At 9:56 PM -0800 10/30/01, Geoffrey Nunberg wrote:
>Thanks for your note. Samuel Johnson said of his Dictionary, "[I] do not form, but register the language,"
>and it has always seemed to me rash for lexicographers to imagine they could improve on his program.
You have just inspired me to read Johnson's preface to his Dictionary, and I notice that he also said:
"...every language has likewise its improprieties and absurdities, which it is the duty of the lexicographer to correct or proscribe."
"Much less ought our written language to comply with the corruptions of oral utterance, or copy that which every variation of time or place makes different from itself, and imitate those changes, which will again be changed, while imitation is employed in observing them."
"Language is only the instrument of science, and words are but the signs of ideas: I wish, however, that the instrument might be less apt to decay, and that signs might be permanent, like the things which they denote."
"Our language, for almost a century, has, by the concurrence of many causes, been gradually departing from its original Teutonick character, and deviating towards a Gallick structure and phraseology, from which it ought to be our endeavour to recal it, by making our ancient volumes the ground-work of stile, admitting among the additions of later times, only such as may supply real deficiencies, such as are readily adopted by the genius of our tongue, and incorporate easily with our native idioms."
"...the licence or negligence with which many words have been hitherto used, has made our stile capricious and indeterminate; when the different combinations of the same word are exhibited together, the preference is readily given to propriety, and I have often endeavoured to direct the choice."
Now we get to the bit you elide:
"Some senses however there are, which, though not the same, are yet so nearly allied, that they are often confounded. Most men think indistinctly, and therefore cannot speak with exactness; and consequently some examples might be indifferently put to either signification: this uncertainty is not to be imputed to me, who do not form, but register the language; who do not teach men how they should think, but relate how they have hitherto expressed their thoughts.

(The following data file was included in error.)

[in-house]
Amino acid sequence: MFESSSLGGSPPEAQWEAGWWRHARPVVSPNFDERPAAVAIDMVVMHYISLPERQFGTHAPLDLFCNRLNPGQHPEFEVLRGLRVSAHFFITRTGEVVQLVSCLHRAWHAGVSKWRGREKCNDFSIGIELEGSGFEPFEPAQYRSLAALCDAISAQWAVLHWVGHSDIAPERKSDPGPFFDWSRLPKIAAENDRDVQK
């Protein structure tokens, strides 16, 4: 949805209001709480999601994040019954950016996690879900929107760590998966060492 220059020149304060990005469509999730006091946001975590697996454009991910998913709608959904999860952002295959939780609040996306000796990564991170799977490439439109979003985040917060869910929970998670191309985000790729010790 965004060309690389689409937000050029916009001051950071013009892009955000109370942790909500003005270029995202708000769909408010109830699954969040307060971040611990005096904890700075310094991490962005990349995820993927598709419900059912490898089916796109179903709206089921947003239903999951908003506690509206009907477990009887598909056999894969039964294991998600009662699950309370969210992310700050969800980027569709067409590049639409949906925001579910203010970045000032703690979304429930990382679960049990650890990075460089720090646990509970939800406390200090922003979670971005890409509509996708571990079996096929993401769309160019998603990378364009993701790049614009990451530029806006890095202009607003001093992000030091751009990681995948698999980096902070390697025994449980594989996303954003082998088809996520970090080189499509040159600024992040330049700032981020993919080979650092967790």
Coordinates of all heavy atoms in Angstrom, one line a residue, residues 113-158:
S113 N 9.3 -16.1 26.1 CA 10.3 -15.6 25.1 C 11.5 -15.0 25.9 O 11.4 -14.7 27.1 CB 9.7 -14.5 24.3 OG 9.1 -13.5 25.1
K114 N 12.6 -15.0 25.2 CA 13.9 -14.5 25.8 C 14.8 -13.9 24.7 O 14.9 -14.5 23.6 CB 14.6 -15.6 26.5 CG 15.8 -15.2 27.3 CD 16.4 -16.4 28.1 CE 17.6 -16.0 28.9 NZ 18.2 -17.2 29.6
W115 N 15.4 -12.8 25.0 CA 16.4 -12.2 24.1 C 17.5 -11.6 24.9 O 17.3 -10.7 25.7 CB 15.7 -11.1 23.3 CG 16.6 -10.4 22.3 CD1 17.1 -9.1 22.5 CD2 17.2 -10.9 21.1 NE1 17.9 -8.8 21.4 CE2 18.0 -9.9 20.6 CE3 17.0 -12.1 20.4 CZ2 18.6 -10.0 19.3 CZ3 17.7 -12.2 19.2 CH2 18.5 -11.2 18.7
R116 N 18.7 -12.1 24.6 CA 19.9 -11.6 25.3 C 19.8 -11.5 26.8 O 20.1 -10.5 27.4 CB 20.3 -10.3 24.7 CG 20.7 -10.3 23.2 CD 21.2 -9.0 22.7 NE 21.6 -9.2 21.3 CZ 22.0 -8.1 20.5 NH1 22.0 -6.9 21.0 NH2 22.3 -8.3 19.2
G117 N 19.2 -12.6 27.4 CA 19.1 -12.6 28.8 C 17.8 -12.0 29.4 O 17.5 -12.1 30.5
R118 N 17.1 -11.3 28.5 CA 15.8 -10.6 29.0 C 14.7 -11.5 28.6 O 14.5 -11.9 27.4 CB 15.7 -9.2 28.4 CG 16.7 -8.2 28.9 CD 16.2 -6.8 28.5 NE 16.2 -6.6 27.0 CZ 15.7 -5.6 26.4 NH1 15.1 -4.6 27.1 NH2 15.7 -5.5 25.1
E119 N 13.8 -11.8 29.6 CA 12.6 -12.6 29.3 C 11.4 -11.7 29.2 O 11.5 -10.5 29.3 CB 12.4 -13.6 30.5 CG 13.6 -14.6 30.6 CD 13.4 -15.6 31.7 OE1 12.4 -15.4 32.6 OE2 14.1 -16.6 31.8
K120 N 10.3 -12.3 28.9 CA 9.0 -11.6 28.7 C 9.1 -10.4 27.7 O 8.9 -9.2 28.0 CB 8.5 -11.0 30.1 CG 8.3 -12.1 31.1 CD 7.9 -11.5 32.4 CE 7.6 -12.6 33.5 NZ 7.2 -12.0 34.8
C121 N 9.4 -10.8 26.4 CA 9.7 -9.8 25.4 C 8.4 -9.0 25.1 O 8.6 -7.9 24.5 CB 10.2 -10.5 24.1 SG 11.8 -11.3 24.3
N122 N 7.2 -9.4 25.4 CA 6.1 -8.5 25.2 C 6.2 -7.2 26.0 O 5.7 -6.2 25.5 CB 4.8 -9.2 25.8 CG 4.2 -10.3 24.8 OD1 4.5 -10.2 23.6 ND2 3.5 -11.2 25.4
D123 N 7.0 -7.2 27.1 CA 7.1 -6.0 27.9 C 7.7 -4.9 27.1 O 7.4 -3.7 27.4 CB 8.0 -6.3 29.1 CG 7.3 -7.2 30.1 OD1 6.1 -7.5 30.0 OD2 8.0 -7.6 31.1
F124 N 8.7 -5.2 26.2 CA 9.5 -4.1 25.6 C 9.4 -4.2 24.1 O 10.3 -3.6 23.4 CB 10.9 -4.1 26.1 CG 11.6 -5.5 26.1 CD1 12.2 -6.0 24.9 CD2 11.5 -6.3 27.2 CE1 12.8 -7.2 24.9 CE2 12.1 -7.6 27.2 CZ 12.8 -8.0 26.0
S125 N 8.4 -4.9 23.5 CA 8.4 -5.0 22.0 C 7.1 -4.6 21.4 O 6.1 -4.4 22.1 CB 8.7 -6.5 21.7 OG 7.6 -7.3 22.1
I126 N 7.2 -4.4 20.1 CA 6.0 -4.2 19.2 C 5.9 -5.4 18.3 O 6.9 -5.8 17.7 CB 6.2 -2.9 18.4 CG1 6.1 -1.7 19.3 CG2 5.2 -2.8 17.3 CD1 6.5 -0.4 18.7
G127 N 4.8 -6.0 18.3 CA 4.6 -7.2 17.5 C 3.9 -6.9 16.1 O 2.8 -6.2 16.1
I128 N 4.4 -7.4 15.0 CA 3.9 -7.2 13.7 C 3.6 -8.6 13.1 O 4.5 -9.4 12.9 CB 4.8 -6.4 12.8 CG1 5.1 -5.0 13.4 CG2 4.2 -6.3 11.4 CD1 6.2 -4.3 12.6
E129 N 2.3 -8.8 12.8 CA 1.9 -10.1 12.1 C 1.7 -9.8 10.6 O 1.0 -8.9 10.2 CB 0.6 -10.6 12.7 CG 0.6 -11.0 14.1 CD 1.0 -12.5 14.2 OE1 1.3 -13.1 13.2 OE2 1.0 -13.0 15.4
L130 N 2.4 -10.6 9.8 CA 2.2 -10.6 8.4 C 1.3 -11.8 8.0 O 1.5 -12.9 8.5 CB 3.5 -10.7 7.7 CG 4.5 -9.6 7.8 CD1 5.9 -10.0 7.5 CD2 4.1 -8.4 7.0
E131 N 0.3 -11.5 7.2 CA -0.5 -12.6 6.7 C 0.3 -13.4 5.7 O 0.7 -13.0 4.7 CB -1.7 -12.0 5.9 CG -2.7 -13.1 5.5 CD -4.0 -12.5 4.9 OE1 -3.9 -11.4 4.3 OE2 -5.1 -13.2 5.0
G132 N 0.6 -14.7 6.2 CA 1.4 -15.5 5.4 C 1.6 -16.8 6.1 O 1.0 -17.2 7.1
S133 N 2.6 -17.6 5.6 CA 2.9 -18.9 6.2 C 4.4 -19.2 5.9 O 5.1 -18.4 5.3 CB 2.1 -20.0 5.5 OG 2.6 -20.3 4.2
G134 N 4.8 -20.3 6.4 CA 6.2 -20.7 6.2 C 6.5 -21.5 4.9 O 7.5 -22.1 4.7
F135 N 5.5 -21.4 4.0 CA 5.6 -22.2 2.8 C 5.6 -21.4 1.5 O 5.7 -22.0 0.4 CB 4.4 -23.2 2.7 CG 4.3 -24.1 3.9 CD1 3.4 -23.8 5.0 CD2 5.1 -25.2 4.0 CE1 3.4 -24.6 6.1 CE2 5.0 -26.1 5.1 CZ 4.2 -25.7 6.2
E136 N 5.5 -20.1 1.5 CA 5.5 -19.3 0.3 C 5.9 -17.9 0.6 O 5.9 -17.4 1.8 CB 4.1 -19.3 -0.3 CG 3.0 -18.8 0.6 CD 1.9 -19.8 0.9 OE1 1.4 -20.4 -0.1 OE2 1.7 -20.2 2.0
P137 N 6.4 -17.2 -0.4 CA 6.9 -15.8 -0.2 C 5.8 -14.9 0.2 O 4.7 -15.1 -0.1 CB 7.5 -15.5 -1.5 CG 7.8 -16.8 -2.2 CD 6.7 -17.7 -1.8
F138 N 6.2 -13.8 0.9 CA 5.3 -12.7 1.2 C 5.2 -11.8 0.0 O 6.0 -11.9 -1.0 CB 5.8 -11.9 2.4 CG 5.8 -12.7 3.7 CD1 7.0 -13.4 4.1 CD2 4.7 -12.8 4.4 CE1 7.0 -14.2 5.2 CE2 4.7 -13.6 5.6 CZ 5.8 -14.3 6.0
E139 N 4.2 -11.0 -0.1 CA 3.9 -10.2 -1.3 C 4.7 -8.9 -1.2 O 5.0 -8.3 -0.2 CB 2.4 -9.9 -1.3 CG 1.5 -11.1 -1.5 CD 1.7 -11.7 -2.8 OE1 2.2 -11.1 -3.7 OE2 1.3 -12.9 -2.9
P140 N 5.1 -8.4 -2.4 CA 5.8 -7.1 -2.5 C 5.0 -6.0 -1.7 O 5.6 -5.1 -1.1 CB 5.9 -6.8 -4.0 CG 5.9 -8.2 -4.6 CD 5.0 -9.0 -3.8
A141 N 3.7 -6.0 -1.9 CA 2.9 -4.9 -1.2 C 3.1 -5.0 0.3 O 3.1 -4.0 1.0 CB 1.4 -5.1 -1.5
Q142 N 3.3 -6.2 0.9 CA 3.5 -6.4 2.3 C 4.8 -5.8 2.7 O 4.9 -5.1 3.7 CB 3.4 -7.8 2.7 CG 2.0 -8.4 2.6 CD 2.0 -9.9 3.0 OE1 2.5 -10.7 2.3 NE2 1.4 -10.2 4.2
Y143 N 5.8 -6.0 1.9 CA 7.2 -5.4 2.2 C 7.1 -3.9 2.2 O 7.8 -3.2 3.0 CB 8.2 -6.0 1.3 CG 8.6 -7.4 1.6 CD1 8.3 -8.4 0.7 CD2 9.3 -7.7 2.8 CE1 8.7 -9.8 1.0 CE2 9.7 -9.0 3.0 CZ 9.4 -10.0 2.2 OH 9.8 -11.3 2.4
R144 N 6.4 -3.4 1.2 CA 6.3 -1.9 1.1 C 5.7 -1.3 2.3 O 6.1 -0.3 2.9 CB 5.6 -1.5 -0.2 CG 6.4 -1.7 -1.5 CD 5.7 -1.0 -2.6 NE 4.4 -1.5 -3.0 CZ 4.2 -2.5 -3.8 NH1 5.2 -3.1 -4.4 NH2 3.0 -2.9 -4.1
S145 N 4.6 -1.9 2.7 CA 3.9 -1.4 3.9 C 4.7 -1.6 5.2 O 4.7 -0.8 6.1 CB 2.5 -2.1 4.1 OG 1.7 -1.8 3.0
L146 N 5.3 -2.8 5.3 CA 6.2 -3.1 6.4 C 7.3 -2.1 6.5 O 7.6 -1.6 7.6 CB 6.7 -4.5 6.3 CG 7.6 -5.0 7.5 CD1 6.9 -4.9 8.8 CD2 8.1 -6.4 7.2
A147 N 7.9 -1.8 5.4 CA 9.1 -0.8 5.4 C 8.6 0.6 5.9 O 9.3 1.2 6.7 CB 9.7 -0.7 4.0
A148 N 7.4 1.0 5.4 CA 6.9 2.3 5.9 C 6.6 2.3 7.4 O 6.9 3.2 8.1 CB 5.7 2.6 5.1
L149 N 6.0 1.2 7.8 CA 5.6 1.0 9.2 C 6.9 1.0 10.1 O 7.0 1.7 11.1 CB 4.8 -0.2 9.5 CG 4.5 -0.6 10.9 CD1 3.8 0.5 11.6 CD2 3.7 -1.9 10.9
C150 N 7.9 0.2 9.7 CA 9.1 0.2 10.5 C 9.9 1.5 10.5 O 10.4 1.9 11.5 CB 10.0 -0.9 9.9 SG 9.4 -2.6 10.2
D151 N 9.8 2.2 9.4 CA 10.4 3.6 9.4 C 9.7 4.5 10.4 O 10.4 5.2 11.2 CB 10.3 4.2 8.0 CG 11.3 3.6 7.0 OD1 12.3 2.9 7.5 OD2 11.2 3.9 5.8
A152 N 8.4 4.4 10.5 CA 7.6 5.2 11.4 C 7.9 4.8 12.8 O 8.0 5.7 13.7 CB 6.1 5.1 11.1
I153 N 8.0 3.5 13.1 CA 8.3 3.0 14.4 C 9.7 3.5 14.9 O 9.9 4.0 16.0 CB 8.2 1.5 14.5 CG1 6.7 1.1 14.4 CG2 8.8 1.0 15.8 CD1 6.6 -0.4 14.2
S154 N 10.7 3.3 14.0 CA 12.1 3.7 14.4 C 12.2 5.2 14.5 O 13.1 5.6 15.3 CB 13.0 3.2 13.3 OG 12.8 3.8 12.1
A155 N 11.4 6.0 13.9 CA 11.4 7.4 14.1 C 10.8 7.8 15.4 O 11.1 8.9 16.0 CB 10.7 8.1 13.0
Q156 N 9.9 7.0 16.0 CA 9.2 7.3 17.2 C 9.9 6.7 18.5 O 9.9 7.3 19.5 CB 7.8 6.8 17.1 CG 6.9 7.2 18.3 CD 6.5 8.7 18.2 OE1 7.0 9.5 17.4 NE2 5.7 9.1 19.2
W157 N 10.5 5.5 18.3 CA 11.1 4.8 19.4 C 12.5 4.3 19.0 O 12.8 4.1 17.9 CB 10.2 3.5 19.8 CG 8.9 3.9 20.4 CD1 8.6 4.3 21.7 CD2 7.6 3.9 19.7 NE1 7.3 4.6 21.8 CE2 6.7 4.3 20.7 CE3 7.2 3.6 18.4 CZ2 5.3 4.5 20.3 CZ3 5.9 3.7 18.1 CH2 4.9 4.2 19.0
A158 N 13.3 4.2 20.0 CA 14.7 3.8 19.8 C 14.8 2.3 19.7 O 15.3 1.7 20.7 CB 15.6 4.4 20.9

The imperfect sense of some examples I lamented, but could not remedy, and hope they will be compensated by innumerable passages selected with propriety, and preserved with exactness; some shining with sparks of imagination, and some replete with treasures of wisdom."
And a little further on:
"Nor are all words which are not found in the vocabulary, to be lamented as omissions. Of the laborious and mercantile part of the people, the diction is in a great measure casual and mutable; many of their terms are formed for some temporary or local convenience, and though current at certain times and places, are in others utterly unknown. This fugitive cant, which is always in a state of increase or decay, cannot be regarded as any part of the durable materials of a language, and therefore must be suffered to perish with other things unworthy of preservation."
A long passage on how languages decay, followed by this exhortation:
"If the changes that we fear be thus irresistible, what remains but to acquiesce with silence, as in the other insurmountable distresses of humanity? it remains that we retard what we cannot repel, that we palliate what we cannot cure. Life may be lengthened by care, though death cannot be ultimately defeated: tongues, like governments, have a natural tendency to degeneration; we have long preserved our constitution, let us make some struggles for our language."
You were right; I don't think you could improve on this programme. Please re-read it in full, and follow it closely.